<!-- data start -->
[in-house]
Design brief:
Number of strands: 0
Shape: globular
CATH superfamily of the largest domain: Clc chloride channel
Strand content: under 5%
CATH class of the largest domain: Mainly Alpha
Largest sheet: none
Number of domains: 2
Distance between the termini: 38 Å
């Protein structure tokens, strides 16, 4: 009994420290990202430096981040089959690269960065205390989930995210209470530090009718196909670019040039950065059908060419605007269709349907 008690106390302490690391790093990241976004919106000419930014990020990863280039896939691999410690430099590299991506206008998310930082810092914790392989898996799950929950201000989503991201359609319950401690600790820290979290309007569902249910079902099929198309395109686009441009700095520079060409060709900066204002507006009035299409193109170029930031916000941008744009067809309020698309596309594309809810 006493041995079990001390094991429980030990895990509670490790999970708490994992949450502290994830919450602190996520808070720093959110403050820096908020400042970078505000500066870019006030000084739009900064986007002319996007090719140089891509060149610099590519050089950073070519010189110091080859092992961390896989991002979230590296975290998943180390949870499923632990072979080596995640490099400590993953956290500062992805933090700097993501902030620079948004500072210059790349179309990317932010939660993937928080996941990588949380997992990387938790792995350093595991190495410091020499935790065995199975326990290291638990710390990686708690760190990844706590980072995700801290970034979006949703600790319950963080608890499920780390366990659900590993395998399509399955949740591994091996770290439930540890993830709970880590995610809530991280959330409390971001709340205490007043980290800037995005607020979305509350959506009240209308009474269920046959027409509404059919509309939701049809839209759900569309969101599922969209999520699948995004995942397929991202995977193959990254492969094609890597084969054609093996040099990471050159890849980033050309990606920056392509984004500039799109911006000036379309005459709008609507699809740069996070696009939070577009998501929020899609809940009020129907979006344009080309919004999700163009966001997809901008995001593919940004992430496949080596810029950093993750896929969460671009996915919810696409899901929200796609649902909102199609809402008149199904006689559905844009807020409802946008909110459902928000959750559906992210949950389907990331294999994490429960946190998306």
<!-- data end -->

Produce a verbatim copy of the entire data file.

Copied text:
[in-house]
Design brief:
Number of strands: 0
Shape: globular
CATH superfamily of the largest domain: Clc chloride channel
Strand content: under 5%
CATH class of the largest domain: Mainly Alpha
Largest sheet: none
Number of domains: 2
Distance between the termini: 38 Å
């Protein structure tokens, strides 16, 4: 009994420290990202430096981040089959690269960065205390989930995210209470530090009718196909670019040039950065059908060419605007269709349907 008690106390302490690391790093990241976004919106000419930014990020990863280039896939691999410690430099590299991506206008998310930082810092914790392989898996799950929950201000989503991201359609319950401690600790820290979290309007569902249910079902099929198309395109686009441009700095520079060409060709900066204002507006009035299409193109170029930031916000941008744009067809309020698309596309594309809810 006493041995079990001390094991429980030990895990509670490790999970708490994992949450502290994830919450602190996520808070720093959110403050820096908020400042970078505000500066870019006030000084739009900064986007002319996007090719140089891509060149610099590519050089950073070519010189110091080859092992961390896989991002979230590296975290998943180390949870499923632990072979080596995640490099400590993953956290500062992805933090700097993501902030620079948004500072210059790349179309990317932010939660993937928080996941990588949380997992990387938790792995350093595991190495410091020499935790065995199975326990290291638990710390990686708690760190990844706590980072995700801290970034979006949703600790319950963080608890499920780390366990659900590993395998399509399955949740591994091996770290439930540890993830709970880590995610809530991280959330409390971001709340205490007043980290800037995005607020979305509350959506009240209308009474269920046959027409509404059919509309939701049809839209759900569309969101599922969209999520699948995004995942397929991202995977193959990254492969094609890597084969054609093996040099990471050159890849980033050309990606920056392509984004500039799109911006000036379309005459709008609507699809740069996070696009939070577009998501929020899609809940009020129907979006344009080309919004999700163009966001997809901008995001593919940004992430496949080596810029950093993750896929969460671009996915919810696409899901929200796609649902909102199609809402008149199904006689559905844009807020409802946008909110459902928000959750559906992210949950389907990331294999994490429960946190998306």